Category Archives: G6pd blood test

Growing Fava Beans

Dear Aunt Bean:

Can you be more specific with the process for making the fava bean tincture? I have ordered seeds to grow the beans to make a tincture. Getting info from you would be easier than re-inventing the wheel.

1-What will the bean look like when it is mature?

ANSWER: At maturity…you will see the large beans firm and bulging inside the pod.

2-What then? Pick and let dry? Do they have to dry? Can dry beans be kept in freezer until ready to sprout at a later time, like in winter?

ANSWER:  To use the l-dopa…we usually pick the pods a few inches long when pretty and green and unspotted. The mature beans are usually getting aphid spots that have to be cut out OR the whole been may need tossed. The mature bean pods and the young ones have the same amount of l-dopa (so we pick young!!)
We  open the pods / remove the beans / steam pods and beans separately and enjoy the beans for meals (not much l-dopa , but a good gentle support for the next day). The pods we juice and usually make bean blobs (Dried chips) from them . The juice can also be frozen in ice cube trays and used as a drink when needed.

Mature dry beans can be kept in the freezer but it is not necessary unless you are afraid of bugs getting to them or varying house temperatures or dampness that would cause them to sprout.

3-How do you sprout them? in water? wrapped in a damp paper towel? Rinse?  I have seen your info after that; steam, mash, soak in brandy.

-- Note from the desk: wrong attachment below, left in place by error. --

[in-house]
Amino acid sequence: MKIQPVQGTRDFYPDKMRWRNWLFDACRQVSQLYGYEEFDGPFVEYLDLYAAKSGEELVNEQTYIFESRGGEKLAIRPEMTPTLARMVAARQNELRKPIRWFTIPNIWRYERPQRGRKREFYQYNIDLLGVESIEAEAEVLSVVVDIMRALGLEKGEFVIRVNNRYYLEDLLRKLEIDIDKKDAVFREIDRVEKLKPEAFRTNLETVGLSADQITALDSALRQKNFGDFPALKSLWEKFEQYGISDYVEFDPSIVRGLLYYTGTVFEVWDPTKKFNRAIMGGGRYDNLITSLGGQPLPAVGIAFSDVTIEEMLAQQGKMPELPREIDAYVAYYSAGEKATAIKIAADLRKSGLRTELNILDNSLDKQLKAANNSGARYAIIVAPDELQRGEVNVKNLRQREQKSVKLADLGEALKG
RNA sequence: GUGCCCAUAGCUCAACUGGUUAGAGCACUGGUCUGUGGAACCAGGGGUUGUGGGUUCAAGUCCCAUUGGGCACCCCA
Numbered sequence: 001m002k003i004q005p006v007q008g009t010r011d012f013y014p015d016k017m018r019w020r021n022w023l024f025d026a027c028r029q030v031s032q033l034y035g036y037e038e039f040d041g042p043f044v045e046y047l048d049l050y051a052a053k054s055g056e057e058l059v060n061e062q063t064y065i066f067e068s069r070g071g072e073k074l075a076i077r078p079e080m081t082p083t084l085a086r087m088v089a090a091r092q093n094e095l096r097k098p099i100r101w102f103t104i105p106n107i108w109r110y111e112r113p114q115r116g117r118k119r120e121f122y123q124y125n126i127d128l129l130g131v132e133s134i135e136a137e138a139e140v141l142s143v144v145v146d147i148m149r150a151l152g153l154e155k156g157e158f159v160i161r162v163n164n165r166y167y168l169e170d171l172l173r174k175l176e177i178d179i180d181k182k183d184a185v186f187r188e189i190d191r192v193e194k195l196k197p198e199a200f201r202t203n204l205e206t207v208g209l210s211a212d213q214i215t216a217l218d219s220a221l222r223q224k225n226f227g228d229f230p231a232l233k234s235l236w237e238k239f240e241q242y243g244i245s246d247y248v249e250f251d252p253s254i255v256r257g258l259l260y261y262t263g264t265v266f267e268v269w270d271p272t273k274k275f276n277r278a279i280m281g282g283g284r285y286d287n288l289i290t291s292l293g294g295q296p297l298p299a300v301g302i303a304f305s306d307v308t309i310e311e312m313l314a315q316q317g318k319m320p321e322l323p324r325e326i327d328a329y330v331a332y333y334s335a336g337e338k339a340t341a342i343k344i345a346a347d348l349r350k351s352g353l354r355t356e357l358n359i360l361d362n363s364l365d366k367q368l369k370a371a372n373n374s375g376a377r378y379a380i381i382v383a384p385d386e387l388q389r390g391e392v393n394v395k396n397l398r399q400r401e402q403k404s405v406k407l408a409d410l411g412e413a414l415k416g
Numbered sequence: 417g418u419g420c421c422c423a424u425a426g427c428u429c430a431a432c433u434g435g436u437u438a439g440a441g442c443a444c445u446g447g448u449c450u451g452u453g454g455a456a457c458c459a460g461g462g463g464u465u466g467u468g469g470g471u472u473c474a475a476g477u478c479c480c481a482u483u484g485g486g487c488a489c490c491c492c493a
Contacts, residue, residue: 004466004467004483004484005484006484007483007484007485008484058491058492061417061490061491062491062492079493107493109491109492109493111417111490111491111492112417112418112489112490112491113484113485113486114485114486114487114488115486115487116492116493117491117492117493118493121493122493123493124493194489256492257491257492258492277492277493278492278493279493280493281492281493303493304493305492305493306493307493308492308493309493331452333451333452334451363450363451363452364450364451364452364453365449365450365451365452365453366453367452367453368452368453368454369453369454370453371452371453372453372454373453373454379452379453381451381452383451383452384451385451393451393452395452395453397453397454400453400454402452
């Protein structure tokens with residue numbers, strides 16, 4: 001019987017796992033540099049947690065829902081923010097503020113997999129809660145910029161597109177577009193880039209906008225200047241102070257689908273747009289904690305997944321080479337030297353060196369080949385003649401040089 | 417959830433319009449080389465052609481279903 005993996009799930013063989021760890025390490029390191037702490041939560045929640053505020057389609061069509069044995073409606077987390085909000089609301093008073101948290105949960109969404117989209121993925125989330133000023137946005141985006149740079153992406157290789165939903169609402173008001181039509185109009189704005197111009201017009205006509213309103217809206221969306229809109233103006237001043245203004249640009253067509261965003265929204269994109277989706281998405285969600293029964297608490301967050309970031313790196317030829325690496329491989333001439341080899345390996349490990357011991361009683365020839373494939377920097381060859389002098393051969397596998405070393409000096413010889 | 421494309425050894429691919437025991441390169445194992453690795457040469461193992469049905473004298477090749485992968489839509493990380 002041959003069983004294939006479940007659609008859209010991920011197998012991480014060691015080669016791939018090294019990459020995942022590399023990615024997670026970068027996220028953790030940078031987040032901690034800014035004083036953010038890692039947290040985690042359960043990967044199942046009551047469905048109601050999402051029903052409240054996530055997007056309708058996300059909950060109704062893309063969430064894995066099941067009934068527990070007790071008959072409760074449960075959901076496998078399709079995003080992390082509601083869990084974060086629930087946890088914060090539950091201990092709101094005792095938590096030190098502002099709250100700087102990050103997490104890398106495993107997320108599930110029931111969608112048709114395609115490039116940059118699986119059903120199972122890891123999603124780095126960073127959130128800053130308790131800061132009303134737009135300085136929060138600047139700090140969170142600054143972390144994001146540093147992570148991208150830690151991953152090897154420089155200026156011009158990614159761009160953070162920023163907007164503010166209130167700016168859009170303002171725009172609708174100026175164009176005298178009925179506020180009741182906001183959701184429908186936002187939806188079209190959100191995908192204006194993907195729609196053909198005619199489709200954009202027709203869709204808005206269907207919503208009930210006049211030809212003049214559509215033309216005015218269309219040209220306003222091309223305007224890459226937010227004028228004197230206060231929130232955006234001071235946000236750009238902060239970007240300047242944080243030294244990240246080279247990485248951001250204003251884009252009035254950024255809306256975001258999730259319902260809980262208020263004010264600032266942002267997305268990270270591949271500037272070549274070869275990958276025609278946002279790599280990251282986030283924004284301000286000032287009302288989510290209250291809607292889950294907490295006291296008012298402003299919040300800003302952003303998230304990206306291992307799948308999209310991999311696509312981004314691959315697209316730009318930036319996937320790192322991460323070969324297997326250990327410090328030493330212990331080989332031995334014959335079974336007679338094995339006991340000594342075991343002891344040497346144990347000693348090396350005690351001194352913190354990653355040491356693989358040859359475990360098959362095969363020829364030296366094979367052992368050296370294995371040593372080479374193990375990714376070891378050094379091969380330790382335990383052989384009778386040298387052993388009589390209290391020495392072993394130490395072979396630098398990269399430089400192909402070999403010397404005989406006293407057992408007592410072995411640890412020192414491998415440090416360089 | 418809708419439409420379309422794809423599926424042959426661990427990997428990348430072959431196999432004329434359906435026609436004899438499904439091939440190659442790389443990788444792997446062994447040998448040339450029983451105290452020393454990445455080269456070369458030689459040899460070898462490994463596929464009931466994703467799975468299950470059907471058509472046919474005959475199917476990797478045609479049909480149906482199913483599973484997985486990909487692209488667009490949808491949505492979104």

ANSWER:   Soak for 24  hrs in a bowl in filtered water / then rinse 3 times a day for 3 days.  Peel off the thin skin membrane  then steam 6 to 8 minutes and freeze and eat as needed  or make sprout balls  / or can tincture them to make liquid l-dopa mash the sprouts/ place in a glass jar / cover with brandy and close tightly with lid/ shake for 1 month / strain/ let stand a day for the sediment to settle/ then siphon off  (leaving sediment in the bottom) and label the bottle.

Start out with just a couple of drops until you find the proper dose for you.   MAKE SURE YOU HAVE A G6pd blood test before doing anything with favas  and consult your doctor before embarking on this adventure. If you are already on meds you can get into serious trouble experimenting.

4-About how many beans make how much tincture?

Answer….I usually use fava plant tops.  I will have to do a new batch of sprout tincture to count beans for certain size jar,   but I’ll do that and report

5-Will the tincture “go bad” – thinking about how much can be made ahead.

ANSWER:  We have kept tincture a year past that I don’t know

6-In my research I found a Fava called “Ianto’s Return” (sometimes Ianto’s, or sometimes Lanto’s) “Originally introduced by Alan Kapuler of Peace Seeds. A large-seeded Guatemalan variety that reaches 6 feet tall. The bright yellow seeds are reputed to contain elevated levels of dopamine.” Is this the variety that you grow?

ANSWER:   I am using a generic variety (Who knows)  that the health food store had shipped in for me  Organic Sproutable Fava Beans”    Most favas are pretty much the same.  I’ve tried 10 varieties so far *My favorite was Prescose Violetto (Italian) but Windsors are most common

Perhaps you can write up some instructions to email when requested – I think you have come upon something wonderful for those of us with PD Thank you for your discovery and for sharing! I’m looking forward to trying this and getting off of or reducing pharmaceutical dopamine.

Mary

Why Not Grow Your Own Fava Beans?

Well, dad is doing ok, but taking it easy the last few days. This morning I finished “banking or hilling” the rows of fava beans and found some of them are starting to make tops already, the part I use for medicine. It is always exciting to start seeing the tops form.

I hope more people will start growing their own favas to replace l-dopa.  Especiallly people who have not yet started on pharmaceuticals.  Always get a G6pd blood test first and make sure you are not taking MAOI meds.

The farm is looking good.  The chickens are happy. LIFE IS GOOD.

Blessings from Aunt Bean